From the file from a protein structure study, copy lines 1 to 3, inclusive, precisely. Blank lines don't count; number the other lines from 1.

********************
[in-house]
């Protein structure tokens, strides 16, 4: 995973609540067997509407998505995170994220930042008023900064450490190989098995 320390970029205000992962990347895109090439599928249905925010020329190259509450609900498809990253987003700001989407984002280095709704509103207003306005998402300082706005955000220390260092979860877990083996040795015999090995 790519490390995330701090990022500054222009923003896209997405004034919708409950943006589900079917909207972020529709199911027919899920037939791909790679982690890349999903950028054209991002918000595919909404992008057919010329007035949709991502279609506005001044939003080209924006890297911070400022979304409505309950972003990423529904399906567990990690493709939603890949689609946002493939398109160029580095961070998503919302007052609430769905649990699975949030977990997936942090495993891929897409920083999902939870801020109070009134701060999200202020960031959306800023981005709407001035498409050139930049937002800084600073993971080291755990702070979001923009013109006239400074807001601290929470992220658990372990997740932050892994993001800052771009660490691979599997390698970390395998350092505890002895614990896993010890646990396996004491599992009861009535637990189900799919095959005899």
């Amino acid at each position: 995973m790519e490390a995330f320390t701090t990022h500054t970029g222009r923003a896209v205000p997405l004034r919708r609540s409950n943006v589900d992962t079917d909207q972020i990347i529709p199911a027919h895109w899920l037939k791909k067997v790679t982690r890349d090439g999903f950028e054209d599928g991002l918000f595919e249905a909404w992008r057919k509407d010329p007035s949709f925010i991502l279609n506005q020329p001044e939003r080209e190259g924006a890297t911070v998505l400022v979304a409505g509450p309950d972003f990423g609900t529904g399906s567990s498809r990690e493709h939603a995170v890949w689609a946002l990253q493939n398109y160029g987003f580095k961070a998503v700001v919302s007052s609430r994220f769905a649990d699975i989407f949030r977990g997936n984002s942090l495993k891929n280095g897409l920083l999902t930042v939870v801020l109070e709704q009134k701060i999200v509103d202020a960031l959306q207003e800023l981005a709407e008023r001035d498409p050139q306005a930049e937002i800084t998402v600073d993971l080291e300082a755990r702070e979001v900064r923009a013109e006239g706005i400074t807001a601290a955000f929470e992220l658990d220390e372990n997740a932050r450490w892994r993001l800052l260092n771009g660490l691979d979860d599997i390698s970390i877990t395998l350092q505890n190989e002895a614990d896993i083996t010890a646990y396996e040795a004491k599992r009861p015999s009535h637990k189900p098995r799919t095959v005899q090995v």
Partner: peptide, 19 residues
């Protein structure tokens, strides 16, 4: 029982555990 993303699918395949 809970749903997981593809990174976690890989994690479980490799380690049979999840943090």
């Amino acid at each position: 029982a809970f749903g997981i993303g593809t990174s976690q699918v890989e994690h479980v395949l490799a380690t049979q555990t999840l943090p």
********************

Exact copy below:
[in-house]
């Protein structure tokens, strides 16, 4: 995973609540067997509407998505995170994220930042008023900064450490190989098995 320390970029205000992962990347895109090439599928249905925010020329190259509450609900498809990253987003700001989407984002280095709704509103207003306005998402300082706005955000220390260092979860877990083996040795015999090995 790519490390995330701090990022500054222009923003896209997405004034919708409950943006589900079917909207972020529709199911027919899920037939791909790679982690890349999903950028054209991002918000595919909404992008057919010329007035949709991502279609506005001044939003080209924006890297911070400022979304409505309950972003990423529904399906567990990690493709939603890949689609946002493939398109160029580095961070998503919302007052609430769905649990699975949030977990997936942090495993891929897409920083999902939870801020109070009134701060999200202020960031959306800023981005709407001035498409050139930049937002800084600073993971080291755990702070979001923009013109006239400074807001601290929470992220658990372990997740932050892994993001800052771009660490691979599997390698970390395998350092505890002895614990896993010890646990396996004491599992009861009535637990189900799919095959005899």
């Amino acid at each position: 995973m790519e490390a995330f320390t701090t990022h500054t970029g222009r923003a896209v205000p997405l004034r919708r609540s409950n943006v589900d992962t079917d909207q972020i990347i529709p199911a027919h895109w899920l037939k791909k067997v790679t982690r890349d090439g999903f950028e054209d599928g991002l918000f595919e249905a909404w992008r057919k509407d010329p007035s949709f925010i991502l279609n506005q020329p001044e939003r080209e190259g924006a890297t911070v998505l400022v979304a409505g509450p309950d972003f990423g609900t529904g399906s567990s498809r990690e493709h939603a995170v890949w689609a946002l990253q493939n398109y160029g987003f580095k961070a998503v700001v919302s007052s609430r994220f769905a649990d699975i989407f949030r977990g997936n984002s942090l495993k891929n280095g897409l920083l999902t930042v939870v801020l109070e709704q009134k701060i999200v509103d202020a960031l959306q207003e800023l981005a709407e008023r001035d498409p050139q306005a930049e937002i800084t998402v600073d993971l080291e300082a755990r702070e979001v900064r923009a013109e006239g706005i400074t807001a601290a955000f929470e992220l658990d220390e372990n997740a932050r450490w892994r993001l800052l260092n771009g660490l691979d979860d599997i390698s970390i877990t395998l350092q505890n190989e002895a614990d896993i083996t010890a646990y396996e040795a004491k599992r009861p015999s009535h637990k189900p098995r799919t095959v005899q090995v």